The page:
HUMERUS FRACTURE TREATMENT WITH NMT IN REHABILITATION
NeuroMuscular Taping Institute, Rome
This is a description of a clinical case in which NeuroMuscular Taping was used to treat a humerus fracture during the immobilization period: the patient was a 47-year-old male who, in a road accident, had sustained a multi-fragment fracture of the neck of the humerus with detachment of the greater trochanter, for which he underwent surgery with open reduction and fixation with plate and screws (figure 1). After the operation the patient was advised to use an abduction shoulder brace for 45 days; the patient also underwent NeuroMuscular Taping in which the tape was applied to the whole arm and shoulder in order to facilitate drainage of the edema and blood congestion caused by the surgery and consequent lack of mobility.
The tapes, applied using the decompressive method, were arranged in a fan-shaped configuration both anterior and posterior to the wound (figure 2). The first of these applications was carried out around 15 days after the surgery; thereafter the patient received once-weekly applications for six weeks. Initially, the fan-shaped construction had to be applied with the arm immobile and forward flexed or extended on account of the need to keep the arm abducted at 25° for the first 45 days. In the first applications the tape was applied around the scar, until it was well formed.
Post-operative X-rays: it is possible to note the plate and the thirteen screws.
Tapes applied using the decompressive method in a fan-shaped configuration anterior to and posterior to the surgical wound. The tape thus surrounds the scar.
After two weeks the swelling had gone down considerably and the hematoma had been resorbed. The appearance of the scar, which had initially been very inflamed, normalized after around two weeks (figure 3).
Tapes applied using the decompressive method: a, for easier application, the tape is cut without an anchor end; b, clear signs of decompression.
After 45 days, the brace was removed and the rehabilitation therapy could be started. Through continuous application of the NeuroMuscular Taping technique it was possible to contain any inflammation of the shoulder, due to stress on the joint during the rehabilitation. The tapes were again applied to the shoulder using the decompressive method in a fan-shaped configuration both anterior and posterior to the wound, this time to facilitate the motor rehabilitation of the joint (figure 4). After four weeks of rehabilitation (sessions four times weekly) the patient had reached up to 90° abduction and 90° elevation.
Decompressive technique; tapes applied, in a fan-shaped configuration, anterior (a) and posterior (b) to the wound.
The use of the NeuroMuscular Taping technique during the immobilization period promoted drainage from the surgical site; at the end of that period, the limb was already ready to be submitted to rehabilitation therapy. As well as having the considerable advantage of saving time, this approach also made it possible to counteract the congestion and muscle retraction that usually tend to occur.
Given the simultaneous administration of pharmacological treatment (targeting the edema), one might wonder to what degree the recovery is to be considered spontaneous or induced by other treatments and to what degree it is to be attributed to the taping. That said, the clinical evidence seems to support this approach, even though it has yet to be investigated in primary studies.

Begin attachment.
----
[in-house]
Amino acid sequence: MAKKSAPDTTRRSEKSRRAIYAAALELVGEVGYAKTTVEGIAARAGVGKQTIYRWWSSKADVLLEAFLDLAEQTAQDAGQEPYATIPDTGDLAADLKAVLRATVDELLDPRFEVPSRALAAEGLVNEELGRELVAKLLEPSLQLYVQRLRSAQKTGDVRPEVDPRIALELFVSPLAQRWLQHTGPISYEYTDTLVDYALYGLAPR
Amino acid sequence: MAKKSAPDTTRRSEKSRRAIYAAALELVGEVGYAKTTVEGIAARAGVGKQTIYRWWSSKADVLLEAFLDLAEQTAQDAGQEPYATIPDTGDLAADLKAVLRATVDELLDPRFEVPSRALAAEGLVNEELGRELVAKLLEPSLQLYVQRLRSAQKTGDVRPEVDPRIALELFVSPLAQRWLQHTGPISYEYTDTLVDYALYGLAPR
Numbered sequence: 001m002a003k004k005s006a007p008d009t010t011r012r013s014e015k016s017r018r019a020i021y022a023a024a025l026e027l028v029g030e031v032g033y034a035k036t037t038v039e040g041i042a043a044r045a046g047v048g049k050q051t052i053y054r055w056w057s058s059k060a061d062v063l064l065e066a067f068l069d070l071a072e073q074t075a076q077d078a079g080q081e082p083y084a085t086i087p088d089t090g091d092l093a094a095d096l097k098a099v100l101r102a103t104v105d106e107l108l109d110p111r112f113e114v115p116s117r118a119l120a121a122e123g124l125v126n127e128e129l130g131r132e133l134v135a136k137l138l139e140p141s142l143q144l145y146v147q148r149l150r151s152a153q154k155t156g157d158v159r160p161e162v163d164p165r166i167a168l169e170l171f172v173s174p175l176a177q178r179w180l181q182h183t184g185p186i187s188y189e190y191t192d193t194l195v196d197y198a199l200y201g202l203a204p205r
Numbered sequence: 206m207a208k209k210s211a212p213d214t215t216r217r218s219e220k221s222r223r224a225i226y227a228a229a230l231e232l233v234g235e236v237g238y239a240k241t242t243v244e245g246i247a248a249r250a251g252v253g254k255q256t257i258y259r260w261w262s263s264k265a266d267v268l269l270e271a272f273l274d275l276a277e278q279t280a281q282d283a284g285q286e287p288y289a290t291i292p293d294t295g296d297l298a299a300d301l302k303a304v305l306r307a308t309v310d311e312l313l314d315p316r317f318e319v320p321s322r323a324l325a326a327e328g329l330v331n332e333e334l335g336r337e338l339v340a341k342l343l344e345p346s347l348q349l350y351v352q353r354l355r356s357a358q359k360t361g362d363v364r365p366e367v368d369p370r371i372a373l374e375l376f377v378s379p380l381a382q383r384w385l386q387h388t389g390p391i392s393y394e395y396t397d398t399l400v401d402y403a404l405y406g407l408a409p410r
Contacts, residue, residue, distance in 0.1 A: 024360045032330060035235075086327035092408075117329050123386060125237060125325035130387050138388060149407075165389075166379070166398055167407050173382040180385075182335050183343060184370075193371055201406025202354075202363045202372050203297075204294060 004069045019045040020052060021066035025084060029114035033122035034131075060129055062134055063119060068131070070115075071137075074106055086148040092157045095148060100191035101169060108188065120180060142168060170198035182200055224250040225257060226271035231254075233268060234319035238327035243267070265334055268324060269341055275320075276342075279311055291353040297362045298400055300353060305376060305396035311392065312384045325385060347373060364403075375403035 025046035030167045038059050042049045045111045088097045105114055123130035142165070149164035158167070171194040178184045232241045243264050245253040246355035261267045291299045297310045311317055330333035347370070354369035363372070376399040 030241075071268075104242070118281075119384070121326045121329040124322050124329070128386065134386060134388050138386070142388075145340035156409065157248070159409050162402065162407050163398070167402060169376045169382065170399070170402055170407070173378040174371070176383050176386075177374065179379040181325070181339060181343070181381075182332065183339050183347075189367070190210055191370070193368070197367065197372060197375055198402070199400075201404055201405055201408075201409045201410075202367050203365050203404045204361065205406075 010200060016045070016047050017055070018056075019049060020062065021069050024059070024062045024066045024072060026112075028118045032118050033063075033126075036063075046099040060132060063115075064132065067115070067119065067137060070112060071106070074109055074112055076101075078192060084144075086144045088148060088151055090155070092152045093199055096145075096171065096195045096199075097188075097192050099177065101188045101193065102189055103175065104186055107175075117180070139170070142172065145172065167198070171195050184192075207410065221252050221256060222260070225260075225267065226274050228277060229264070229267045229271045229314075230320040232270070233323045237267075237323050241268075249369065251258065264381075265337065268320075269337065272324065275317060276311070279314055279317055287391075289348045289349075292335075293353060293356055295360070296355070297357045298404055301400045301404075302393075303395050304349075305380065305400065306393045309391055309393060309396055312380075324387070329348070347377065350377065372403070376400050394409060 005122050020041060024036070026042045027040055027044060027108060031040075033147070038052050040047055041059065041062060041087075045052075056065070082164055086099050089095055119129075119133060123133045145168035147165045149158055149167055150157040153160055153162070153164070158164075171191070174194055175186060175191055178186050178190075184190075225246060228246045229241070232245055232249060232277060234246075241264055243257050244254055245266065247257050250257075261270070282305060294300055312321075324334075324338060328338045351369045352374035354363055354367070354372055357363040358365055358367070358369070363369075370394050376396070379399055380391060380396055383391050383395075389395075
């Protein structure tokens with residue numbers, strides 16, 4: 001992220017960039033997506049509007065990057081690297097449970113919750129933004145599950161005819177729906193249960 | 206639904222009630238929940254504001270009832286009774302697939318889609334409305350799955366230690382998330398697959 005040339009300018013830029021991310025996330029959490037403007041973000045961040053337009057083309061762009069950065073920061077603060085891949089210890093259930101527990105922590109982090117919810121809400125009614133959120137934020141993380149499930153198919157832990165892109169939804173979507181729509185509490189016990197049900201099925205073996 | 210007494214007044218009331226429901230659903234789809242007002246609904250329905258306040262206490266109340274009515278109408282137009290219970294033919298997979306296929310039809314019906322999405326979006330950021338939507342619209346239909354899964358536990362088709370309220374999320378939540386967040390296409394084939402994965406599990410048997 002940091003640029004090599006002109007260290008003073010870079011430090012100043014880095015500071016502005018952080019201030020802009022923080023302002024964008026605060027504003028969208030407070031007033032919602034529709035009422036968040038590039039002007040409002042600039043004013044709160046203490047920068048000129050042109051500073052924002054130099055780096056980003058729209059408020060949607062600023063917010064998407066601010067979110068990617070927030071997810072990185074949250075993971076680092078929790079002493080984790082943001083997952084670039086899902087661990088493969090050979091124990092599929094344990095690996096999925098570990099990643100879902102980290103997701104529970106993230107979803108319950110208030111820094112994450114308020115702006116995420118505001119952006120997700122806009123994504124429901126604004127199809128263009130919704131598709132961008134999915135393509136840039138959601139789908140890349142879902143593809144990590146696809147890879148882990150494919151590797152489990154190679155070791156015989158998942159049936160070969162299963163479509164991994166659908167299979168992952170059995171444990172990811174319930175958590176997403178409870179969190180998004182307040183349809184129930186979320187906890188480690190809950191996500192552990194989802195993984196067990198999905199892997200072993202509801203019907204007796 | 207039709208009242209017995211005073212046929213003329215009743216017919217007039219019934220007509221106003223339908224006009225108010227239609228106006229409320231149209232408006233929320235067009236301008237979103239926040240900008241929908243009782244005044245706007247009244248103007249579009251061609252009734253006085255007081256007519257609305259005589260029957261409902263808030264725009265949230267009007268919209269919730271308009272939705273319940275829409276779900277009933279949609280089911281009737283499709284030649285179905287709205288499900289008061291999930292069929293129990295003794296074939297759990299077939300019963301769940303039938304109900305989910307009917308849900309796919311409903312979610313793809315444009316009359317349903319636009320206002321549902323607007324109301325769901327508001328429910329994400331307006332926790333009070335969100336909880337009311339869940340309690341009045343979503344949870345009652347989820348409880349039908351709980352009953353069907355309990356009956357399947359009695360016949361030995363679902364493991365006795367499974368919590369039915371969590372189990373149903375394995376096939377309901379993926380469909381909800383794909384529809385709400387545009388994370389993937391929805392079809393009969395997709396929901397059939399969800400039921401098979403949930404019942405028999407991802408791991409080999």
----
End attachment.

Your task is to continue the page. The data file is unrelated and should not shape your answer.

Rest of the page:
NeuroMuscular Taping is a non-invasive, non-pharmacological technique involving the application of elastic tape with special mechano-elastic properties. This tape, once applied, can bring about mechanical stimulation, creating space in the tissues; this promotes cellular metabolism while at the same time activating the body’s natural healing processes and triggering and/or controlling phenomena that facilitate neuromuscular proprioception. The action of NeuroMuscular Taping is, as mentioned, based on the body’s natural healing processes, which are stimulated by activation of the neuromuscular (mechanical principle) and neurosensory (reflexive principle) systems: it is thus a mechanical and/or reflexive treatment technique that facilitates blood circulation and lymphatic drainage in the treated area and interacts with the complex kinesithetic function, exploiting surface mechanoreceptor, connective tissue receptor and proprioceptor afferents.
NeuroMuscular Taping is a new approach to the treatment of the musculoskeletal system in post-traumatic conditions. Muscles are known to function as mechanical effectors not only in dynamic activities of the body but also, thanks to their visco-elastic properties, in the control of venous and lymphatic circulation and body temperature; consequently, malfunctioning muscles will have negative effects on other systems. By treating muscles with an elastic tape that allows recovery of muscle and joint movement, and therefore of normal homeostasis, normal physiological conditions are restored and the body’s ability to heal is increased.
In rehabilitation, NeuroMuscular Taping is applied using protocols designed to diminish the congestion of body fluids, improve circulation of blood and lymph, reduce excess heat, and restore tissue homeostasis, reducing inflammation and hypersensitivity of pain receptors. NeuroMuscular Taping can also affect arthrokinematics, acting in a reflex manner on muscle tone and mechanically conditioning the fascia and its receptors, thereby altering muscle performance, and affecting the posture of the joint segments.